All cases showed similar morphology and anatomical distribution of pathology. Variable numbers of well-defined, round, oval or crescentic neuronal cytoplasmic inclusions (NCI) were present in middle and deeper layers of neocortex, along with occasional short dystrophic neurites. Similar NCI were moderate to numerous in the dentate granule cells and less abundant in hippocampal pyramidal neurons and subcortical regions including the striatum, nucleus basalis, hypothalamus, substantia nigra and periaqueductal grey matter. Despite there being no obvious neuronal loss or degenerative changes, ub-ir inclusions were present in lower motor neurons (LMN) of the hypoglossal nucleus and/or spinal cord in 7 of the 12 (58%) cases available for evaluation.
In addition to cytoplasmic inclusions, ubiquitin IHC demonstrated a unique type of neuronal intranuclear inclusion (NII) in all cases. These appeared as a single straight, curved or twisted (vermiform), thick filament. Neuronal intranuclear inclusions were most numerous in the dentate granules cells but also found in pyramidal neurons of the neocortex and hippocampus and some subcortical regions. Unlike the neuronal cytoplasmic inclusions and dystrophic neurites, neuronal intranuclear inclusions were only immunoreactive for ubiquitin and not p62.
The normal physiological staining pattern of FUS was equally well demonstrated in normal controls, neurological controls and aFTLD-U cases. This consisted of strong immunoreactivity of neuronal nuclei, weaker but consistent staining of neuronal cytoplasm and more variable reactivity of glial nuclei (Fig. 1A) (Andersson et al., 2008). In both the nuclei and cytoplasm, the normal staining pattern was generally diffuse but with occasional small granules.
In cases of aFTLD-U, FUS IHC labelled neuronal cytoplasmic inclusions, neuronal intranuclear inclusions and dystrophic neurites of similar morphology, number and anatomical distribution as were demonstrated with ubiquitin and p62 antibodies (Fig. 1B–H). Some types of inclusions were even more apparent with FUS IHC. For instance, all cases in which medulla or spinal cord tissue was available had at least some large globular FUS-ir neuronal cytoplasmic inclusion in LMN (Fig. 1H, Table 2), compared to only 58% of cases with ub-ir NCI in this location (see above). FUS IHC also demonstrated moderate numbers of oval or flame-shaped glial cytoplasmic inclusions in the white matter that were not evident with ubiquitin IHC (Fig. 1I). On average, the burden of FUS pathology tended to be greatest in the hippocampal dentate fascia, moderate in the frontal and temporal neocortex and striatum, while other subcortical regions were less consistently involved and to a milder degree (Table 2). The co-localization of FUS and ubiquitin in NCI and NII was confirmed with double label immunofluorescence (Fig. 2 ). The pathological changes were immunoreactive with different FUS antibodies that recognize the N-terminus, mid-region and C-terminus of the protein, respectively (Table 1). Although the variation in staining intensity prevented quantitation, it was evident that neurons harbouring inclusions (either NCI or NII) still retained at least some of the normal distribution of nuclear and cytoplasmic staining (Figs 1B and and22).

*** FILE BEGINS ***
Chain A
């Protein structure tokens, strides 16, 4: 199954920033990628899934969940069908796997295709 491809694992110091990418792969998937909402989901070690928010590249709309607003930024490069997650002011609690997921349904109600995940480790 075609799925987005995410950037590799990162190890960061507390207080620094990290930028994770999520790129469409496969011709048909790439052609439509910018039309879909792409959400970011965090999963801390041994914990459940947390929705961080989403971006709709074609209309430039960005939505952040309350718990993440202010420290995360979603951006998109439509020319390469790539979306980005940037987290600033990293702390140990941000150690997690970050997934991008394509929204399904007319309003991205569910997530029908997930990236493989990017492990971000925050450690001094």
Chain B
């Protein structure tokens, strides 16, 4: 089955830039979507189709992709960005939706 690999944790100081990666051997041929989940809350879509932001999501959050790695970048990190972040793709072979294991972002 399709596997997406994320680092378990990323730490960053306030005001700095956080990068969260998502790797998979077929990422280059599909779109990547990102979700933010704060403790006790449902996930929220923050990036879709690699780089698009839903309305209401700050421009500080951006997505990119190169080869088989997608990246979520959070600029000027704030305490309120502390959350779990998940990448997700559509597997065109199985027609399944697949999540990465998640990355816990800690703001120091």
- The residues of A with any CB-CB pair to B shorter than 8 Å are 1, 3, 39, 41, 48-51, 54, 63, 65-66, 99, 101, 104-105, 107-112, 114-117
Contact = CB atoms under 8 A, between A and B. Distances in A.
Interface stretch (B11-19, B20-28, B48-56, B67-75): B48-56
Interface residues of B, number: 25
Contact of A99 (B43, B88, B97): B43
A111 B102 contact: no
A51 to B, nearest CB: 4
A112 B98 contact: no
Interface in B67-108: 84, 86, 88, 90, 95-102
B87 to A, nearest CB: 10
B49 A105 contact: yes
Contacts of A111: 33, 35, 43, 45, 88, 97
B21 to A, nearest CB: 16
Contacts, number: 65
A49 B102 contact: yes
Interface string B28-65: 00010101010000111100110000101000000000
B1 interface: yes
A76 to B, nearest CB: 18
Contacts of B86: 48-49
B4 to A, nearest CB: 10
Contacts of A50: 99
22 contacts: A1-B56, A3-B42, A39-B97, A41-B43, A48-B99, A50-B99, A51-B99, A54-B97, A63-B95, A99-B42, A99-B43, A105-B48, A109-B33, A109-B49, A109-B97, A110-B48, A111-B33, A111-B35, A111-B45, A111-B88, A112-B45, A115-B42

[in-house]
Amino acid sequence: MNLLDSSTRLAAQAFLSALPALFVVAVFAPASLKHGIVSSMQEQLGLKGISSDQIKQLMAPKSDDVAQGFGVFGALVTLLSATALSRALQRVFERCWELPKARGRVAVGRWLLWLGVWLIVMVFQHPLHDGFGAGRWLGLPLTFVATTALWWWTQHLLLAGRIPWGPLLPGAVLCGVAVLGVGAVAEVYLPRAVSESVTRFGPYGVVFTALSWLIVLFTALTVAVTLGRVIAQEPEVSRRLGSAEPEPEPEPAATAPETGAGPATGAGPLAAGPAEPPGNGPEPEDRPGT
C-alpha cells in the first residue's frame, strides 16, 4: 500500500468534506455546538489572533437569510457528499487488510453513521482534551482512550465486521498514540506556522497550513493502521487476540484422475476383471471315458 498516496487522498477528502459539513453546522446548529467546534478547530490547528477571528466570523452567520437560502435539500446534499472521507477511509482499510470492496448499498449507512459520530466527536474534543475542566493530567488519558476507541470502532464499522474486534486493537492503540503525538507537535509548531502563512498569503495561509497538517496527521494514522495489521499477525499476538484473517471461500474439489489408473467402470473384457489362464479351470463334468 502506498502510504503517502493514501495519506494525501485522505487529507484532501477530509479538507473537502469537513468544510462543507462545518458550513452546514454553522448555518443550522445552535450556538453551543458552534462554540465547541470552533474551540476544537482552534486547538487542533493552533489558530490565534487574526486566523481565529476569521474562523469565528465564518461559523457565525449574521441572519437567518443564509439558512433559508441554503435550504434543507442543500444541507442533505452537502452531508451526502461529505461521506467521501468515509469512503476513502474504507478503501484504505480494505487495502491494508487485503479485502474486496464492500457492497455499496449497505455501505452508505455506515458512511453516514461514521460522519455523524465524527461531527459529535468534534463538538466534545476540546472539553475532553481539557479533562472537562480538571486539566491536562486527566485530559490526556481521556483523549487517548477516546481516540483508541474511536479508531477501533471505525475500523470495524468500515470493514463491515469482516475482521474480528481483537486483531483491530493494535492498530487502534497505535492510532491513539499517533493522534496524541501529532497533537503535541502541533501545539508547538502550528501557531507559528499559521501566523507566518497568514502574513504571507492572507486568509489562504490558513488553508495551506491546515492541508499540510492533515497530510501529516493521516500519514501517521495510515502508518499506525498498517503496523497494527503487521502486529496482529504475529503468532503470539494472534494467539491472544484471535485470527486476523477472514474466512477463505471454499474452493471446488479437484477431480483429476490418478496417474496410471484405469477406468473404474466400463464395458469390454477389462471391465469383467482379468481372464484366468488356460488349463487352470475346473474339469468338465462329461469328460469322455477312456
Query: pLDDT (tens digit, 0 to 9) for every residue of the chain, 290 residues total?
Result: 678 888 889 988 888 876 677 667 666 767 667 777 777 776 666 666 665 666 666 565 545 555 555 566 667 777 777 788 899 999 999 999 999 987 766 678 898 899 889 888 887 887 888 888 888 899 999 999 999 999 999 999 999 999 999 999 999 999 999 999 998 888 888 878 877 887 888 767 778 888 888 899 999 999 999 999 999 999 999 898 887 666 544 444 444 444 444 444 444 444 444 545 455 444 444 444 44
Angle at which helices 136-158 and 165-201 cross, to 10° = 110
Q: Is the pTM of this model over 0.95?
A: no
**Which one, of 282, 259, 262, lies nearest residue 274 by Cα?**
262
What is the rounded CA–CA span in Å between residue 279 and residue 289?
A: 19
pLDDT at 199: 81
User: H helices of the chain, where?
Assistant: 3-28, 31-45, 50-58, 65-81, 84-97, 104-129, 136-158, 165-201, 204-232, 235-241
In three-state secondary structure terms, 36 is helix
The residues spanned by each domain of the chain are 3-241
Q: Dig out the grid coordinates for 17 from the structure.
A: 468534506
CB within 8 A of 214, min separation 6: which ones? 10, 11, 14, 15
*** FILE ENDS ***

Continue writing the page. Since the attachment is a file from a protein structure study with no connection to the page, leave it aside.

With one exception, none of the normal or neurological controls showed any FUS-ir pathology. Specifically, FUS IHC did not label senile plaques, neurofibrillary tangles, dystrophic neurites, Lewy bodies, Lewy neurites, Pick bodies, ballooned neurons, neuronal inclusions in ALS or FTLD with TDP pathology (Fig. 2) or glial inclusions in tauopathies or MSA. The exception was Huntingdon's disease in which the characteristic NII were strongly FUS-ir, a finding that has been reported previously (Doi et al., 2008).